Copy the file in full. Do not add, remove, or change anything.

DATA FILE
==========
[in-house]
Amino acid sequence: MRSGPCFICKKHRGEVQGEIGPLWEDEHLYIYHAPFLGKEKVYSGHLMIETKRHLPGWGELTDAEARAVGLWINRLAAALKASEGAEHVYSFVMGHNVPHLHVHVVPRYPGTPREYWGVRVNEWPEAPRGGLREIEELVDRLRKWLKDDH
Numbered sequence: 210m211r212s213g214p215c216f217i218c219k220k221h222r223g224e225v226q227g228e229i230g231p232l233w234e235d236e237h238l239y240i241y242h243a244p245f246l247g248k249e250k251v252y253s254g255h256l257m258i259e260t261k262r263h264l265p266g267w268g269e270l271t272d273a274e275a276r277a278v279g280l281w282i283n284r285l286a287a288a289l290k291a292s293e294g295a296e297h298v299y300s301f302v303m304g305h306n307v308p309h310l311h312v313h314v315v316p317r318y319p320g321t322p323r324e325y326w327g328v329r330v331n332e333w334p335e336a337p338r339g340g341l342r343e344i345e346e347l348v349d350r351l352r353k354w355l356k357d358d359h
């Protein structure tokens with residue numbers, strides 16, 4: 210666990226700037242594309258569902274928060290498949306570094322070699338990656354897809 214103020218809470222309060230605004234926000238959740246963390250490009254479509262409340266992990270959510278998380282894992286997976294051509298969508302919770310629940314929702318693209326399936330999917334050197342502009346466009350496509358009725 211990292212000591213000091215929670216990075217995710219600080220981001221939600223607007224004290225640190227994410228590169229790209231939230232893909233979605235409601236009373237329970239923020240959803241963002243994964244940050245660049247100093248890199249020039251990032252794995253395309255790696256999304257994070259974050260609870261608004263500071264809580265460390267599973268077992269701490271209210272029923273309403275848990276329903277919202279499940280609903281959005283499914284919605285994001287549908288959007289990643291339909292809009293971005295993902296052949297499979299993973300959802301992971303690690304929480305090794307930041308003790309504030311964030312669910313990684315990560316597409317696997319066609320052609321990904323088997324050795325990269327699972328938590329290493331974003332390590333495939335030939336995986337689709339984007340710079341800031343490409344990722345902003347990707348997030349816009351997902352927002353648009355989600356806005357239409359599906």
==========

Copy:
[in-house]
Amino acid sequence: MRSGPCFICKKHRGEVQGEIGPLWEDEHLYIYHAPFLGKEKVYSGHLMIETKRHLPGWGELTDAEARAVGLWINRLAAALKASEGAEHVYSFVMGHNVPHLHVHVVPRYPGTPREYWGVRVNEWPEAPRGGLREIEELVDRLRKWLKDDH
Numbered sequence: 210m211r212s213g214p215c216f217i218c219k220k221h222r223g224e225v226q227g228e229i230g231p232l233w234e235d236e237h238l239y240i241y242h243a244p245f246l247g248k249e250k251v252y253s254g255h256l257m258i259e260t261k262r263h264l265p266g267w268g269e270l271t272d273a274e275a276r277a278v279g280l281w282i283n284r285l286a287a288a289l290k291a292s293e294g295a296e297h298v299y300s301f302v303m304g305h306n307v308p309h310l311h312v313h314v315v316p317r318y319p320g321t322p323r324e325y326w327g328v329r330v331n332e333w334p335e336a337p338r339g340g341l342r343e344i345e346e347l348v349d350r351l352r353k354w355l356k357d358d359h
């Protein structure tokens with residue numbers, strides 16, 4: 210666990226700037242594309258569902274928060290498949306570094322070699338990656354897809 214103020218809470222309060230605004234926000238959740246963390250490009254479509262409340266992990270959510278998380282894992286997976294051509298969508302919770310629940314929702318693209326399936330999917334050197342502009346466009350496509358009725 211990292212000591213000091215929670216990075217995710219600080220981001221939600223607007224004290225640190227994410228590169229790209231939230232893909233979605235409601236009373237329970239923020240959803241963002243994964244940050245660049247100093248890199249020039251990032252794995253395309255790696256999304257994070259974050260609870261608004263500071264809580265460390267599973268077992269701490271209210272029923273309403275848990276329903277919202279499940280609903281959005283499914284919605285994001287549908288959007289990643291339909292809009293971005295993902296052949297499979299993973300959802301992971303690690304929480305090794307930041308003790309504030311964030312669910313990684315990560316597409317696997319066609320052609321990904323088997324050795325990269327699972328938590329290493331974003332390590333495939335030939336995986337689709339984007340710079341800031343490409344990722345902003347990707348997030349816009351997902352927002353648009355989600356806005357239409359599906």